The Pundit Speaks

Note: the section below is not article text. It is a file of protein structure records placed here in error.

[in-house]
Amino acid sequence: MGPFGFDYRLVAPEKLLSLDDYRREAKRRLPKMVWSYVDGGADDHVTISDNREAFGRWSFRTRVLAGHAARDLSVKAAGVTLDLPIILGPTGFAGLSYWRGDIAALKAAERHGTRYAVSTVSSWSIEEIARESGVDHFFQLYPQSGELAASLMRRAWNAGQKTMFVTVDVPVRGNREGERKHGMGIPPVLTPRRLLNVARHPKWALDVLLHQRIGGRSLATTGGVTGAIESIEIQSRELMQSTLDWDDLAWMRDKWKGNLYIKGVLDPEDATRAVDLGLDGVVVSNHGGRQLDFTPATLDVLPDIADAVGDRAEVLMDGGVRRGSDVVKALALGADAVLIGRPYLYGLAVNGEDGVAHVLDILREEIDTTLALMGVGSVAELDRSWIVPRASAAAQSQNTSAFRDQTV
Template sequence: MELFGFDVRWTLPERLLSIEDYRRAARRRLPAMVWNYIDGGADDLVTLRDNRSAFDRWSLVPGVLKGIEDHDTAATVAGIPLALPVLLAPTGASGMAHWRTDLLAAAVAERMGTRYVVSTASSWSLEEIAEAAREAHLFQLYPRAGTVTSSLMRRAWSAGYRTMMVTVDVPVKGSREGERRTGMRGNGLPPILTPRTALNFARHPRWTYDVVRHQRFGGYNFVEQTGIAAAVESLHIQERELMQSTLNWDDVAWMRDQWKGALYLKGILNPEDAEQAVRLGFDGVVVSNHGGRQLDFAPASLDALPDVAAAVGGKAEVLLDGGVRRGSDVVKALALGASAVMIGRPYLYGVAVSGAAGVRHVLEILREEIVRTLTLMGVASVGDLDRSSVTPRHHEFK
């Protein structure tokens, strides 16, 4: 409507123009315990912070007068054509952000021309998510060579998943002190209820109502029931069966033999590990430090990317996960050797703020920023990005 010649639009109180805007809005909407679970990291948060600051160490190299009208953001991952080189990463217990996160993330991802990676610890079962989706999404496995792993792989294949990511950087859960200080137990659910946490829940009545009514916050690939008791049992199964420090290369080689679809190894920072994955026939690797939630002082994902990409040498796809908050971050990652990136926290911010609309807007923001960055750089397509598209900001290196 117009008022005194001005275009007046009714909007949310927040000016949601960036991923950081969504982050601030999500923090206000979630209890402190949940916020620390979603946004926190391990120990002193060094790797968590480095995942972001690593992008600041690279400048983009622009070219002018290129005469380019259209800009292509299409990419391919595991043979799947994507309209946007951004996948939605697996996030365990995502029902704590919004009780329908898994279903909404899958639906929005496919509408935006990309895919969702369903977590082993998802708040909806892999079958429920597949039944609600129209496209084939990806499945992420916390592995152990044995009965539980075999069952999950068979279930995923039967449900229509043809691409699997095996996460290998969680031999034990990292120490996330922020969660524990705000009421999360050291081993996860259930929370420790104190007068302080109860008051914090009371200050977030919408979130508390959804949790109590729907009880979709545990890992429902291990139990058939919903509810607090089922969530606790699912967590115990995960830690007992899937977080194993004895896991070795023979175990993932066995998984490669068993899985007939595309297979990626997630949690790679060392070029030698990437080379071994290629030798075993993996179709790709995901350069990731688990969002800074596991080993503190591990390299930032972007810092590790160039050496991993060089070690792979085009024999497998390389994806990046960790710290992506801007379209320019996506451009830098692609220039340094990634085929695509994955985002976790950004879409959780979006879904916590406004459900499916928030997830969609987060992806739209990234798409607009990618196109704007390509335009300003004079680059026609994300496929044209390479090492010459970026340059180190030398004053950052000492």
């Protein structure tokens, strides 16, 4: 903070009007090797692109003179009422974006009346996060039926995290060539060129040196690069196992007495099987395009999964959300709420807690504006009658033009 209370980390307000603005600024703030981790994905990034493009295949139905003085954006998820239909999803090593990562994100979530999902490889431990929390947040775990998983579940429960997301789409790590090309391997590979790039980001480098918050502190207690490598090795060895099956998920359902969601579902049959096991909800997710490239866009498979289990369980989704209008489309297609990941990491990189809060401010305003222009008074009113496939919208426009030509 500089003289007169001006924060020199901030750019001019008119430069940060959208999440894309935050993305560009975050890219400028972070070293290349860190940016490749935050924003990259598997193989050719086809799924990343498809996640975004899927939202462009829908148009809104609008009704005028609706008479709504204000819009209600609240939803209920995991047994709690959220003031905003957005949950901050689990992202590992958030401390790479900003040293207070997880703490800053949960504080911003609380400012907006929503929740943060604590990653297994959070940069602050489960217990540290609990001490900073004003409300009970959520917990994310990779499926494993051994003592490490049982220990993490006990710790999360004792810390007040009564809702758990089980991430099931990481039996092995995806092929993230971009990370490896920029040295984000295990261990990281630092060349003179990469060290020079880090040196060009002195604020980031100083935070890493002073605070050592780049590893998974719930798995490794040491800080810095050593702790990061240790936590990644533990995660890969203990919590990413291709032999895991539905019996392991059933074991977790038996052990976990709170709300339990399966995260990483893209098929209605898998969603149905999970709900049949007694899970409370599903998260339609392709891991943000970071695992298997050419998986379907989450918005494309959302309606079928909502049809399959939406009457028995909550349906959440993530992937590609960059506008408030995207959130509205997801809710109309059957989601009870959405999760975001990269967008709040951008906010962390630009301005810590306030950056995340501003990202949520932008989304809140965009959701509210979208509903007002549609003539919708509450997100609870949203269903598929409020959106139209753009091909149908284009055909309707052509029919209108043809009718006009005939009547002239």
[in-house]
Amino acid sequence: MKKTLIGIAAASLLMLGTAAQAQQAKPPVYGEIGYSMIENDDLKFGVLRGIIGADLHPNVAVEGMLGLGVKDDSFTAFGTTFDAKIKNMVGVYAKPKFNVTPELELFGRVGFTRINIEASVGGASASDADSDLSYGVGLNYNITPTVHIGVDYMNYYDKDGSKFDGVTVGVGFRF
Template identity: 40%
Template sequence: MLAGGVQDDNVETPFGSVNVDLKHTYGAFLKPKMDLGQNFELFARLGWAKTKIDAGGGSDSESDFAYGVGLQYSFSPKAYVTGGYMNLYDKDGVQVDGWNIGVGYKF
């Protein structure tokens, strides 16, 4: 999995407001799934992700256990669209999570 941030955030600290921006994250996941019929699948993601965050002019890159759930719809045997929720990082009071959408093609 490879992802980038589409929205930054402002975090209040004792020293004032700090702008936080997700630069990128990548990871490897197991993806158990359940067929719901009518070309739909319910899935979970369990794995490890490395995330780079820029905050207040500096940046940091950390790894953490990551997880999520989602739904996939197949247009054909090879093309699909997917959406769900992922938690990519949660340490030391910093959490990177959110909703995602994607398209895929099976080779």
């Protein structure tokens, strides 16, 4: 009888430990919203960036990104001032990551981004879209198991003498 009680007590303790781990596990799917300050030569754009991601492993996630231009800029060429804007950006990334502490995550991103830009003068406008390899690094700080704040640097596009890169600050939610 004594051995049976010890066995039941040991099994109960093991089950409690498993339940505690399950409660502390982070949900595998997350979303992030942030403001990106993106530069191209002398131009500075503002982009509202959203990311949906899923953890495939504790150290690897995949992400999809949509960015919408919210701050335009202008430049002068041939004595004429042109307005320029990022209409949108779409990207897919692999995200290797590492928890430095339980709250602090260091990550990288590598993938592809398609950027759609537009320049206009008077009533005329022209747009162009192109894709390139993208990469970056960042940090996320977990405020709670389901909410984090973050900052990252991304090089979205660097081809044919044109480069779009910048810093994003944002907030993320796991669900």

Fats, Fruit and Vegetables and Fiction Fiction is defined as “stories about people or events that are not real.” For years we have heard the mantra of eating at least five fruit and vegetable servings a day for optimal health and also to avoid fats. New studies indicate that these claims may be either over exaggerations or mostly fictitious. First, let’s consider fruits and vegetables. Some so called experts have even started recommending 7- to 10-A-Day servings of fruits and veggies but currently, WHO guidelines suggest five servings of fruits, vegetables or legumes each day. New data from the Prospective Urban Rural Epidemiology (PURE) study has found that the benefits of eating fruits and vegetable aren’t limitless. In many parts of the world, five servings a day is too expensive. The PURE study showed the lowest risk of death was among people who ate three to four servings with little additional benefit beyond that range. Experts said that they do not want to tell people who are eating more than the recommendation to eat less and that people who are meeting or exceeding the daily goal of fruits, vegetables and legumes shouldn’t take the findings as a license to eat less of those foods. Controversially, Professor Walter Willet of Harvard University said research shows, “that any association of intake and fruits and vegetables with risk of cancer is weak at best.” People who ate more fruit and vegetables lived healthier lives in many other respects too, which was the basis for any lowered rates of chronic diseases.
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